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Jane Austen News – Issue 68

The Jane Austen News was in shock!

What’s the Jane Austen News this week?  

  Mind the Ha-Ha! – Mansfield Park is Deciphered

  
David M. Shapard is an American historian with a longstanding interest in Austen and her world. He graduated with a Ph.D. in European History from the University of California at Berkeley (his specialty was the eighteenth century), and he has gone on to devote many years of his life to painstakingly annotating each of Jane’s novels. Now, his sixth and final work, The Annotated Mansfield Park has just published, and is a whopper! It’s 932 pages long and has over 2,300 annotations. Although it does have to be said that as Mansfield Park is the longest of Jane’s novels, adding 372 to the original 560 page novel (Penguin Classics version) is still quite impressive!

An annotated classic may not sound like big news, after all, most classic novels now have annotated versions, but this one we at the Jane Austen News feel is newsworthy because of how thorough it is in its explanations. Also because the annotations themselves are rather fun to read, at the same time as, of course, being informative. For example:

Until the late 18th century brought cups with handles, tea was served in bowllike dishes. The term “dish of tea” lingered, “especially among those, like Mrs. Price, who were less affluent and thus slower to purchase items in the newer style.”

and

A “ha-ha” is a sunken fence, developed in the 18th century for the landscaped grounds of grand houses, designed to keep livestock away from the grass while not interfering with the view. The name may have arisen “because people could see the trench only when they were almost on top of it, leading to surprised exclamations of ‘ha-ha!’”


 A Discussion on Jane’s Teenage Work   

In honour of the 200th anniversary of Jane Austen’s death, Oxford University Press has published Teenage Writings; the combined content of the three notebooks of Jane Austen’s teenage writings which still survive to this day. The earliest pieces probably date from 1786 or 1787, around the time that Jane was aged 11 or 12, and show a more tongue-in-cheek side of Jane than that which we’re used to today. The stories include the likes of plays in which we never learn what’s going on, and heroines who leave home only to return again, dissatisfied with the world, by the same evening. Drunkenness, brawling, sexual misbehavior, theft, and even murder prevail.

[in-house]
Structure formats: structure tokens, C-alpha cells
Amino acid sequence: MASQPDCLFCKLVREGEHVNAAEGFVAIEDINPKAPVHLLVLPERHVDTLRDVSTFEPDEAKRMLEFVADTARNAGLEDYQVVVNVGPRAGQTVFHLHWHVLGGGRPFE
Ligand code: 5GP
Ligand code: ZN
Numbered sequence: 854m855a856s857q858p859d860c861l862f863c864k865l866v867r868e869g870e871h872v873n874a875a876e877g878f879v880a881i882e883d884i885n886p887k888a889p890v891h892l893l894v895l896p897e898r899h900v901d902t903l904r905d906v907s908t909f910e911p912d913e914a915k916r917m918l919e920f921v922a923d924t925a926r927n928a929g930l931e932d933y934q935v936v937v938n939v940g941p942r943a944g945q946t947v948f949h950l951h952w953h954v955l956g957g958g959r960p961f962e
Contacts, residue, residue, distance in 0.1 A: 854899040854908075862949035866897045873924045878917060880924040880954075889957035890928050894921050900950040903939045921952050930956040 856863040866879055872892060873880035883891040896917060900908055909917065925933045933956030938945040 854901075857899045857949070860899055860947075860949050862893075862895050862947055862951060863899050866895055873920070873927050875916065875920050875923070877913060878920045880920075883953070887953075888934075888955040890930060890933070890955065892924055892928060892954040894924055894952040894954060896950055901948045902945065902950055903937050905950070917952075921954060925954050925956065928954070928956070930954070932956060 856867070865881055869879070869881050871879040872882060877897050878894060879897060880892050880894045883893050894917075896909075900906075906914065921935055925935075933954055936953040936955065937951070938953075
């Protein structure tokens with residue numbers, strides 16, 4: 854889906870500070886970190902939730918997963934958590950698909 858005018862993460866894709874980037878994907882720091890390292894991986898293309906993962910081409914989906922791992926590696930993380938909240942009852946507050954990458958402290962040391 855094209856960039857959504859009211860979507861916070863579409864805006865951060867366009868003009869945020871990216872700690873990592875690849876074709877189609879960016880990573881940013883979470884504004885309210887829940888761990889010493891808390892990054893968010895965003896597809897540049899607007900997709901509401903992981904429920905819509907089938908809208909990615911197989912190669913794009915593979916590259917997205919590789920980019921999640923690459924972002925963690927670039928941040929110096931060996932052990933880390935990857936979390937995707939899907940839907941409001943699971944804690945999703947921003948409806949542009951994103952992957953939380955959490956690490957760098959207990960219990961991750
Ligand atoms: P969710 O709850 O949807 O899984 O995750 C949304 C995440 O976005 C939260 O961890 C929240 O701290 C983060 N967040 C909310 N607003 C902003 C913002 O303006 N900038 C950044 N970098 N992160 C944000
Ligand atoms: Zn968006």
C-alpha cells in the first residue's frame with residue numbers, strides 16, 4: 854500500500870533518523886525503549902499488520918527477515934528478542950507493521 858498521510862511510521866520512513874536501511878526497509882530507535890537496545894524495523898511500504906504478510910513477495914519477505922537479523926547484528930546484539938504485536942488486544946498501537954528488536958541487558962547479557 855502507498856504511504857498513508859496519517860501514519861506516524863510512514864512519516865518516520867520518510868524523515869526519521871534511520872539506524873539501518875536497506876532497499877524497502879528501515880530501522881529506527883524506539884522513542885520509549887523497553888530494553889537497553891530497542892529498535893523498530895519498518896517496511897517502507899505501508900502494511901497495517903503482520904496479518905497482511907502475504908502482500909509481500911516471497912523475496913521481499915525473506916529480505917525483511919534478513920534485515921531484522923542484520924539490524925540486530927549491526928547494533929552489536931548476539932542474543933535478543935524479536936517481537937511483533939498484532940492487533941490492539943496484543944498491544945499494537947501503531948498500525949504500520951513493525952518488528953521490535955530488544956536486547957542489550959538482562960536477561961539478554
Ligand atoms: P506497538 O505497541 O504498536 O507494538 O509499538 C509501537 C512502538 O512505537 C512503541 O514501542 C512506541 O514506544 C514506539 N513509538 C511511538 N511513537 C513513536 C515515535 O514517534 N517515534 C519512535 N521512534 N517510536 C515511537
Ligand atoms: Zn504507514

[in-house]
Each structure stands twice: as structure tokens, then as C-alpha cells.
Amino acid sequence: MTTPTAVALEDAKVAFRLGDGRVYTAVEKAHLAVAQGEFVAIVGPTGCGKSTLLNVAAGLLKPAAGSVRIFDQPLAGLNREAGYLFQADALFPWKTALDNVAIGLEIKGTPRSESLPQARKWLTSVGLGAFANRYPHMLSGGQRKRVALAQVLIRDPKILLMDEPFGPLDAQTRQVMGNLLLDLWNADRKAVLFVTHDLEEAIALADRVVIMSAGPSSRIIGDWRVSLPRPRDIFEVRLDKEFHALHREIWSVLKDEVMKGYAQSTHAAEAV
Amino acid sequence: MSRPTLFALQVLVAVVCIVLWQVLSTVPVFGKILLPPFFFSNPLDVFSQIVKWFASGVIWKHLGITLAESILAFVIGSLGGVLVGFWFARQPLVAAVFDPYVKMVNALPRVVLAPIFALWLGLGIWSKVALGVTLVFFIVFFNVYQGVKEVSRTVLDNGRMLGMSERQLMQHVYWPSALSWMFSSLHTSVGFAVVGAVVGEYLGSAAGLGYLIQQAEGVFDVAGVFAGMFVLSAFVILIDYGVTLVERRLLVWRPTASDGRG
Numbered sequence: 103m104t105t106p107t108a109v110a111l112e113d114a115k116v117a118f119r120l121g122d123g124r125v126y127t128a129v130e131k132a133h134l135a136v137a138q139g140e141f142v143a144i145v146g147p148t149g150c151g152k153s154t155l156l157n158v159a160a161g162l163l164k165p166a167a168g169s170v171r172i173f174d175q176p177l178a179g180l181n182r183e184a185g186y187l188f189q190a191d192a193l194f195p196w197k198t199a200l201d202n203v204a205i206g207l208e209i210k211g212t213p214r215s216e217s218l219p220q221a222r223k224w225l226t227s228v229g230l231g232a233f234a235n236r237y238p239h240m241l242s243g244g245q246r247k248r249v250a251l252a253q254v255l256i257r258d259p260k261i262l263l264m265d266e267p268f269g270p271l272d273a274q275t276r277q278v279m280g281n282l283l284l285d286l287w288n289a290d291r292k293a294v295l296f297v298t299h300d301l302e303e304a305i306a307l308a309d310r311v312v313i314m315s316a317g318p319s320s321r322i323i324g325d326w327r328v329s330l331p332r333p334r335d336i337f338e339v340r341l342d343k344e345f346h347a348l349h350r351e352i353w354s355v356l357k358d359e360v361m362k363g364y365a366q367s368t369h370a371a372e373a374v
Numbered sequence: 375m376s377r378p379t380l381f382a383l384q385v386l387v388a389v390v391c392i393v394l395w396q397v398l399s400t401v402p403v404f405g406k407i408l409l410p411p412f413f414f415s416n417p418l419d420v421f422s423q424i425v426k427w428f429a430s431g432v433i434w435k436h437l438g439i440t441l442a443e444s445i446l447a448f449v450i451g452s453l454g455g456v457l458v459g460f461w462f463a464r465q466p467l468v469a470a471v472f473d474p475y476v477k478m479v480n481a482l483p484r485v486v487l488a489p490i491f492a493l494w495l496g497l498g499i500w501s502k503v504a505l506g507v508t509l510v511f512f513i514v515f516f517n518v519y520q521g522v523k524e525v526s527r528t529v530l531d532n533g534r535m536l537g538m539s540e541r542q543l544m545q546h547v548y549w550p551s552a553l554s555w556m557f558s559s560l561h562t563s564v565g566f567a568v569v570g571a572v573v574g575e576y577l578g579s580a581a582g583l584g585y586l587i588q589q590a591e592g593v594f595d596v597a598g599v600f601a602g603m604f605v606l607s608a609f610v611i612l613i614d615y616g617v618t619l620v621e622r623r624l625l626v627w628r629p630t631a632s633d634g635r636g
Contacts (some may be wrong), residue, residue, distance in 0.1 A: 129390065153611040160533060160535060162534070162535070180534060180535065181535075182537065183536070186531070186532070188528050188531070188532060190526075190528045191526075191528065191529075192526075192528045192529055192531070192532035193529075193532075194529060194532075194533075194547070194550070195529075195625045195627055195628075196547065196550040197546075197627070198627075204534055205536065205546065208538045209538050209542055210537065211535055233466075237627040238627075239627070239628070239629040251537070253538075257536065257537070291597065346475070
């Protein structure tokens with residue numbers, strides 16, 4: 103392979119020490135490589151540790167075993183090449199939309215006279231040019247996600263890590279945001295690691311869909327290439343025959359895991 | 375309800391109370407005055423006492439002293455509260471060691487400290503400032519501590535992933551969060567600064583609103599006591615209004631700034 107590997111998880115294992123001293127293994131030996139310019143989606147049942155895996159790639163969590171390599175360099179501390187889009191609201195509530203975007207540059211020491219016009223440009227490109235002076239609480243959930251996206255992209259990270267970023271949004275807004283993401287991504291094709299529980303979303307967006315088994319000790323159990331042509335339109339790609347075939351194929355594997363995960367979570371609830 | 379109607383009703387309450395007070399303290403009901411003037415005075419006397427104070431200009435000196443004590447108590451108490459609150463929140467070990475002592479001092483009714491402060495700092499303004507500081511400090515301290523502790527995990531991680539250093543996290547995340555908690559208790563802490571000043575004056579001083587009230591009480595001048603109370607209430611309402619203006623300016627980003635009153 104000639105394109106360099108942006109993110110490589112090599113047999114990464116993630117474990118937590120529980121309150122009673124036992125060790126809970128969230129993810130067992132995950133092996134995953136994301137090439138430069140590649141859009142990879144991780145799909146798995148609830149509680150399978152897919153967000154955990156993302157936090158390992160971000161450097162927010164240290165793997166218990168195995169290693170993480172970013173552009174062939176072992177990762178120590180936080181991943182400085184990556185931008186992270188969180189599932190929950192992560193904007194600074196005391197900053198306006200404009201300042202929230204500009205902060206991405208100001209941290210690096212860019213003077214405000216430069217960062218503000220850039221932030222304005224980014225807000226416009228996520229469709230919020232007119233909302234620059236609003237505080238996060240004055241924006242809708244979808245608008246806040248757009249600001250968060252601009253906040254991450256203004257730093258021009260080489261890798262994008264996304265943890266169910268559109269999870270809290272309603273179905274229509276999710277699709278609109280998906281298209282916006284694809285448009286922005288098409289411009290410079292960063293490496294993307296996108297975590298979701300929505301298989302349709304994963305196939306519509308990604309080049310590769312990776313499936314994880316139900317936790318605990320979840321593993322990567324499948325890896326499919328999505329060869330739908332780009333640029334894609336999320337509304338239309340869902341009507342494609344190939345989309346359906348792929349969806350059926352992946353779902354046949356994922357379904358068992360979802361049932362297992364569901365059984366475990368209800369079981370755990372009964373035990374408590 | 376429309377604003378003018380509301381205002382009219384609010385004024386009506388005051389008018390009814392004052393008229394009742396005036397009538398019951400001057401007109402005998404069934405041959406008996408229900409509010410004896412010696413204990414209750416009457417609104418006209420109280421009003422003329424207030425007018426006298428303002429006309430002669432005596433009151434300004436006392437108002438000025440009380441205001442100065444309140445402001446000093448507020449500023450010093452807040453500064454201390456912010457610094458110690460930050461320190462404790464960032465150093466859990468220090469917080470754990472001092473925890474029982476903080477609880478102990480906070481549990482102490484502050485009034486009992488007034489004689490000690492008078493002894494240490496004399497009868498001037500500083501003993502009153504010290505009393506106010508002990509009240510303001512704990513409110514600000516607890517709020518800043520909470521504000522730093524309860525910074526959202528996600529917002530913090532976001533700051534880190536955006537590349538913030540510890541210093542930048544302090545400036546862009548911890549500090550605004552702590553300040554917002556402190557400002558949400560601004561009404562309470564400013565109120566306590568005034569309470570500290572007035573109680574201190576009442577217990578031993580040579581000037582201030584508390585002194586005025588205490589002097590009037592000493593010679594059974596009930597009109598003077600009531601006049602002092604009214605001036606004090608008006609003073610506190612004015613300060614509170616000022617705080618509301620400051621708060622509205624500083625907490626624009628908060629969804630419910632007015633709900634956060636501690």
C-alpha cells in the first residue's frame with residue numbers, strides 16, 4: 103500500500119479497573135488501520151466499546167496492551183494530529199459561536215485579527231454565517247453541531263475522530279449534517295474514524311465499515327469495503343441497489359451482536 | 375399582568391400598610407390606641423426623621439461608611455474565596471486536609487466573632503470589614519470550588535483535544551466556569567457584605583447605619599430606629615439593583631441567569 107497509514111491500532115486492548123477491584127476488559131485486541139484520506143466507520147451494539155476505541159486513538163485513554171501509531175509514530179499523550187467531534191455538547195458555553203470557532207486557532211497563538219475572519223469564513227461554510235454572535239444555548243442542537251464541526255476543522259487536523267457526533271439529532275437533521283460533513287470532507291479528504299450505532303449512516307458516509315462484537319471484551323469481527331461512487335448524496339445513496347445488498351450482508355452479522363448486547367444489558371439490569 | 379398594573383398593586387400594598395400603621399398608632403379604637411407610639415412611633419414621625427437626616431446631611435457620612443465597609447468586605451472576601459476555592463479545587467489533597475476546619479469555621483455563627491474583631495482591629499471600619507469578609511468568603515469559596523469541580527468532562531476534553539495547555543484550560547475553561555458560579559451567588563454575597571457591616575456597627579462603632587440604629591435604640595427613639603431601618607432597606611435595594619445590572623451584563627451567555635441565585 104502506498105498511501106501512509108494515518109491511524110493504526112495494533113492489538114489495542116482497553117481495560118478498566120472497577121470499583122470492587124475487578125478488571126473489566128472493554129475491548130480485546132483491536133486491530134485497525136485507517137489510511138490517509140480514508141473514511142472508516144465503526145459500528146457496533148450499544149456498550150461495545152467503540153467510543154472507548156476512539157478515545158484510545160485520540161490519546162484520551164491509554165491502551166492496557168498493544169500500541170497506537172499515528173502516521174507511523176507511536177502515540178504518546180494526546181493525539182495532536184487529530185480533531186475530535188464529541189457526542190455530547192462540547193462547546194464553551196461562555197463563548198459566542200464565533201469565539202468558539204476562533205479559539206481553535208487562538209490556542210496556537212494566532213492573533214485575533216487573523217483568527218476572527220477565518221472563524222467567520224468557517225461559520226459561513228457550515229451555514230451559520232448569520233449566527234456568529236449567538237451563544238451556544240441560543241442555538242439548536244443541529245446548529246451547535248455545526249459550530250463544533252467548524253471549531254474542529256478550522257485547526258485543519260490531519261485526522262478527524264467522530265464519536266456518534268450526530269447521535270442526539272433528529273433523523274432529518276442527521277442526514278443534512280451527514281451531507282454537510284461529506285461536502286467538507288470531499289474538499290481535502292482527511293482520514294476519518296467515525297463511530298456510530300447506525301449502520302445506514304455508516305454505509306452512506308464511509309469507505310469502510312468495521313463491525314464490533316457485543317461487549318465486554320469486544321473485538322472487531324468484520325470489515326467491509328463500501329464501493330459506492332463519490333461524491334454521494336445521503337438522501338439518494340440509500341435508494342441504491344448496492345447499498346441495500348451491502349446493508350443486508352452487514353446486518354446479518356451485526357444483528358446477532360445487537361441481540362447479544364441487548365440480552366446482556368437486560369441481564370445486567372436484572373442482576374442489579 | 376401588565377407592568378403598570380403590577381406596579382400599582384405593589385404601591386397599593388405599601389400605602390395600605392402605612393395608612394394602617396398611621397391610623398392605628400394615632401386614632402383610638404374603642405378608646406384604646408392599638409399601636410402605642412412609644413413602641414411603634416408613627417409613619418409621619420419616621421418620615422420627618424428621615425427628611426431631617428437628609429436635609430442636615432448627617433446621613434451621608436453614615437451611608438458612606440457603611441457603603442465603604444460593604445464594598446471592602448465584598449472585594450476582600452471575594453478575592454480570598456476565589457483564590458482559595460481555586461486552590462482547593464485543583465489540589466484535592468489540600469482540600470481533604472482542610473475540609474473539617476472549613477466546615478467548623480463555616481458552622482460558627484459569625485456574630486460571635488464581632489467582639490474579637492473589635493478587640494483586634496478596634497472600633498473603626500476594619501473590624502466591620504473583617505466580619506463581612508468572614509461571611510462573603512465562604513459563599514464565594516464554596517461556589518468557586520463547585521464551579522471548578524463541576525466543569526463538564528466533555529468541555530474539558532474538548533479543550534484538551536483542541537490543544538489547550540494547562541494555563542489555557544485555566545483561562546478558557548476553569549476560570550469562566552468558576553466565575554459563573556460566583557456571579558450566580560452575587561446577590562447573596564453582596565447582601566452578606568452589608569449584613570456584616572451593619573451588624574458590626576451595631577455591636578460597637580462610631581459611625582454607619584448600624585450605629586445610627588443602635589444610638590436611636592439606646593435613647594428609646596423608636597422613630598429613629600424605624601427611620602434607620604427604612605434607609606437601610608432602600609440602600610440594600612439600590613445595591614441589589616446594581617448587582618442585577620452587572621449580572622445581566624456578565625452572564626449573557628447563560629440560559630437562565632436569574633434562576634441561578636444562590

To accompany the release, Professor Kathryn Sutherland and Doctor Freya Johnston (editors of the Oxford World’s Classics edition of Teenage Writings) discuss in this video Jane’s early writings, and how they reflect the novelist she would become.

Continue reading Jane Austen News – Issue 68

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Maxims for Health and Gracefulness

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Cassandra Austen’s sketch of her niece Fanny.

In 1833, Lydia Marie Child published The Girl’s Own Book, a volume full of entertainments for girls of all ages.

She closed her book with a few maxims on child rearing involving both the moral and physical aspects of raising young ladies. Although they may sound quaint and dated, mothers of the Regency. Child rearing has always been considered a woman’s domain, and mothers of this era, with its burgeoning middle class, read countless books on subjects ranging from household management to cookery. Topics their mothers were either too busy or too idle to concern themselves with.

Any number of spoiled children can be found in the pages of Jane Austen’s works, from the heir to Norland Park, to Mrs. Musgrove’s rambunctious grandchildren. We never get to see the children of Austen’s heroines, but they would, no doubt, have been raised in this new era of motherly awareness.

MAXIMS FOR HEALTH AND GRACEFULNESS.
Early rising, and the habit of washing frequently, in cold water, are fine things for the health and the complexion.Walking, and other out-of-door exercises, cannot I much recommended to young people. Even skating, driving hoop, and other boyish sports, may be practised to advantage by little girls, provided they can be pursued within the inclosure of a garden, or court ; in the street, they would of course, be highly improper. It is true, such games are rather violent, and sometimes noisy ; but they tend to form a vigorous constitution ; and girls who are habitually lady-like, will never allow themselves to be rude and vulgar, even in play.

Shoes and garments for children should be quite large enough for ease, comfort, and freedom of motion. Continue reading Maxims for Health and Gracefulness